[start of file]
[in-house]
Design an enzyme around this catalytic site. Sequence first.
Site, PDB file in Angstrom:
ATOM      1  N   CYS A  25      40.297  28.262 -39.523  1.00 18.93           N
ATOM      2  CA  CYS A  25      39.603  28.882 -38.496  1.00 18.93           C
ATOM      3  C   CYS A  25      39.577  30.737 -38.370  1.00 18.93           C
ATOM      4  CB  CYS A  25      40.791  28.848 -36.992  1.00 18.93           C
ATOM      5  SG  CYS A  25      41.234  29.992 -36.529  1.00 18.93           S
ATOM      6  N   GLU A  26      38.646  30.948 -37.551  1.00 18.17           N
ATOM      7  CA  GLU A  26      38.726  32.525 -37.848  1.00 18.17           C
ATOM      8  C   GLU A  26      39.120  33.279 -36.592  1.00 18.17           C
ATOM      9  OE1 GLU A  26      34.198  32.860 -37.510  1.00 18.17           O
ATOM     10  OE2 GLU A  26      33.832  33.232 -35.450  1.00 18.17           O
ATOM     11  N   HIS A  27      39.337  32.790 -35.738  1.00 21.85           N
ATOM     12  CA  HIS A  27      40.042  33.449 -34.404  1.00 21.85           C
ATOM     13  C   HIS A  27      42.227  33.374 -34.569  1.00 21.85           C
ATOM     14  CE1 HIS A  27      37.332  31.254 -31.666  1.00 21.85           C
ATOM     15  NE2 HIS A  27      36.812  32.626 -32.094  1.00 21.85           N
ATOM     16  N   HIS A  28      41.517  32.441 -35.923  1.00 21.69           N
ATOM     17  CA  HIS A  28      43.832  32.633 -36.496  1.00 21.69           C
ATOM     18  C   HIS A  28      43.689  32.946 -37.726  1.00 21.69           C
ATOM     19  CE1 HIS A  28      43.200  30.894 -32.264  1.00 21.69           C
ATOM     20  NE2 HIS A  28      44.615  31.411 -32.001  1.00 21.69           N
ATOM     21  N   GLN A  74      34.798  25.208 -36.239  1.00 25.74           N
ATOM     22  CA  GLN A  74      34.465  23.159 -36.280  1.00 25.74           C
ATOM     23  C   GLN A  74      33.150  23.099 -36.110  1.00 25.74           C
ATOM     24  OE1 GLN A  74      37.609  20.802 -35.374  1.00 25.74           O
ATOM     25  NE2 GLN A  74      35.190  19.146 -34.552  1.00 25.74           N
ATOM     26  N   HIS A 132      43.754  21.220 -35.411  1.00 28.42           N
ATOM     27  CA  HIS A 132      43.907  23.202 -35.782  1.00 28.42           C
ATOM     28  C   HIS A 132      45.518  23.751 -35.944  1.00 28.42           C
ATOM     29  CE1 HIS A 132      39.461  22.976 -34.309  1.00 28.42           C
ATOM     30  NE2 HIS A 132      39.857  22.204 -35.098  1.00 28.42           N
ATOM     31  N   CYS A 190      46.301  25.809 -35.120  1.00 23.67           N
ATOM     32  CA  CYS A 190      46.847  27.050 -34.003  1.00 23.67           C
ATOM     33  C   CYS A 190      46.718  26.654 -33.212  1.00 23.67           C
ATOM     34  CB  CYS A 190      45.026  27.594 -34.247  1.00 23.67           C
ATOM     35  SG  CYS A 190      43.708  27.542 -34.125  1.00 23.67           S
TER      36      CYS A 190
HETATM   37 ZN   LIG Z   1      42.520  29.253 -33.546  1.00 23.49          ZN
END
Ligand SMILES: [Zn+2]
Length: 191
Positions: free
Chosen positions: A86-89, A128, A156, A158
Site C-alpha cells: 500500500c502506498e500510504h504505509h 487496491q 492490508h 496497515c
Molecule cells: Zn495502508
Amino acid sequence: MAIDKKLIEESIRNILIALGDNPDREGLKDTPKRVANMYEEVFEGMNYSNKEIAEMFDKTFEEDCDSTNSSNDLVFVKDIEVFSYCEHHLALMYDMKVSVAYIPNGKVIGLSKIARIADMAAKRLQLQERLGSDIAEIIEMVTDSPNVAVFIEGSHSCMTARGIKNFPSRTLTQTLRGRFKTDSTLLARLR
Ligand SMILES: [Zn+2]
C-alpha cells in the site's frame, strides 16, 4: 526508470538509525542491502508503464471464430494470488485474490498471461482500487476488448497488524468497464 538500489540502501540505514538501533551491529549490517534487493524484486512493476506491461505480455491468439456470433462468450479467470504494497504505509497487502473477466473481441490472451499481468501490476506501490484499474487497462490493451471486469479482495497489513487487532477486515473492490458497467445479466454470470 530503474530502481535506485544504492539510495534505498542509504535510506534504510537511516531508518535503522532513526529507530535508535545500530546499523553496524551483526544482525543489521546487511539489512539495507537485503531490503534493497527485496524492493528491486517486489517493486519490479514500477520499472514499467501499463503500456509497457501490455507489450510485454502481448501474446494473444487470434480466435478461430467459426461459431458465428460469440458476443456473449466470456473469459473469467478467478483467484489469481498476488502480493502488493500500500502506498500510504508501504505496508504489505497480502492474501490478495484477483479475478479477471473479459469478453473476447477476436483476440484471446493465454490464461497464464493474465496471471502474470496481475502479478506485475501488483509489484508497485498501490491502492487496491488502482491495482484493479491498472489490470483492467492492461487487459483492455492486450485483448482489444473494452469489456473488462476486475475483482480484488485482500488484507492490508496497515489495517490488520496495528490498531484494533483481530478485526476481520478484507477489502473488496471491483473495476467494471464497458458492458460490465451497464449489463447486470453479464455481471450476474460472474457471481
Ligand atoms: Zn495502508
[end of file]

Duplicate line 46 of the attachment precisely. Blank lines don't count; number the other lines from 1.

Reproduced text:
Site C-alpha cells: 500500500c502506498e500510504h504505509h 487496491q 492490508h 496497515c